Complete with video, which will show you and help you pronouce the Latin correctly:
Your resource for the Latin Mass according to the Missale Romanum of 1962
From the Guardian:
In nomine Patris, et, er, … thingummy.
Pope Benedict may want more of his flock to have the chance to hear mass in Latin. But there is a snag. Not many of his priests know enough of the language to hold a service in it. Even in Italy.
Yesterday the newspaper La Stampa reported on priests’ reactions to the Pope’s decision this month to extend the use of the old Latin-only rite. Their views ranged from embarrassment to downright anger.
on the horizon….ironically seen as a battle between old (liberals) versus young (conservatives).
From US News and World Report:
Given the fierce fight that preceded Vatican II—the liturgical and doctrinal reforms of the mid-1960s that sought to make the church more accessible—a similar war would seem needed to overturn them. But a movement is building at seminaries nationwide to do just that: In addition to restoring the Latin mass, young priests are calling for greater devotion to the Virgin Mary, more frequent praying of the rosary, and priests turning away from the congregation as they once did. Perhaps most controversially, they also advocate a dimished role for women, who since Vatican II have been allowed to participate in the mass as lay altar servers and readers.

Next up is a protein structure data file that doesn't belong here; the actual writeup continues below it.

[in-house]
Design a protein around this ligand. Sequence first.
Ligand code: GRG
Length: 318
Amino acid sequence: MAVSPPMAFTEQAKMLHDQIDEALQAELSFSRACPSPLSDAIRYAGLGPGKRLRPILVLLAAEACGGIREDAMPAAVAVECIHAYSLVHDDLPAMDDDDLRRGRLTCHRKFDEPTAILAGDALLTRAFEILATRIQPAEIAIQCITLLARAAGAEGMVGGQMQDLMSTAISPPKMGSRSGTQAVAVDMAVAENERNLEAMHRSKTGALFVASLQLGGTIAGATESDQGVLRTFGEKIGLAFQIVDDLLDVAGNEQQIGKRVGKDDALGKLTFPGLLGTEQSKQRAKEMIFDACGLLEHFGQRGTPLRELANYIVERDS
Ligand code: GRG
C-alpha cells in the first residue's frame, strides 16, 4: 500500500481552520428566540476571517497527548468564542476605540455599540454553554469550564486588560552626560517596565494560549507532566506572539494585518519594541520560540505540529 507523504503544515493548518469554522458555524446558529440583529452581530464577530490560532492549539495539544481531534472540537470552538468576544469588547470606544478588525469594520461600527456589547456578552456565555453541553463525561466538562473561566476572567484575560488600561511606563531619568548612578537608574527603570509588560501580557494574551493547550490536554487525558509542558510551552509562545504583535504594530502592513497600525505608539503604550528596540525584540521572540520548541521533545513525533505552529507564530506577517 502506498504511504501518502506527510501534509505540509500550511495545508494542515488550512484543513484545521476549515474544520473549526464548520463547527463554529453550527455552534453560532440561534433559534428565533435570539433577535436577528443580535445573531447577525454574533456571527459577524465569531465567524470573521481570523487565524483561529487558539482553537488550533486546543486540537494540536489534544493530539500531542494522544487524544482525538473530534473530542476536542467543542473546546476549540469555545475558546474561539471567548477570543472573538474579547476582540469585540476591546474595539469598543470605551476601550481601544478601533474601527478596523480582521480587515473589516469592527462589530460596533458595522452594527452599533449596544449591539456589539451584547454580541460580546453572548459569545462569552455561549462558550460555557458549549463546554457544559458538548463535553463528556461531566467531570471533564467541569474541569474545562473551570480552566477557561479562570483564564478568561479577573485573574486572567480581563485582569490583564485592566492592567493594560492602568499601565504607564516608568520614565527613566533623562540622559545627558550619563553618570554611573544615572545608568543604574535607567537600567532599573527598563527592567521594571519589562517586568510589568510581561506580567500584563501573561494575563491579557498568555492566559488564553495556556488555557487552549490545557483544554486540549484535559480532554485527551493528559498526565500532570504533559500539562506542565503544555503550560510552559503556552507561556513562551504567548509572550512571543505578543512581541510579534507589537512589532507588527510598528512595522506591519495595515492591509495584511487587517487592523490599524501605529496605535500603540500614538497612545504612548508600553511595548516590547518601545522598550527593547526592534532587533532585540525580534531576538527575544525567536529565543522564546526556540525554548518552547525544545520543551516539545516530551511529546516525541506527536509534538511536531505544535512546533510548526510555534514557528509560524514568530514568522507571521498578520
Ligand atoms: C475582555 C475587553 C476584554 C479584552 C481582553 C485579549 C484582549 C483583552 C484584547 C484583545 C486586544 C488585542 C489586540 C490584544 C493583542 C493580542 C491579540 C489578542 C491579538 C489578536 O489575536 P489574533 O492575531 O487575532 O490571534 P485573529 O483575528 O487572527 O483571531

Such changes would seem to aggravate the church’s growing attendance problems(in 2003, 40 percent of Roman Catholics said they had attended church in the past week, down from 74 percent in 1958) as well as enhance its air of exclusivity—the notion of Catholicism as the only true faith. Yet proponents of the movement argue that just the opposite holds: More people will attend mass if the traditions are richer and the doctrine stricter. The Latin mass, they say, would restore a sense of community they believe was diluted when the church allowed local culture to override tradition. In Chicago alone, mass is now said in some 50 languages.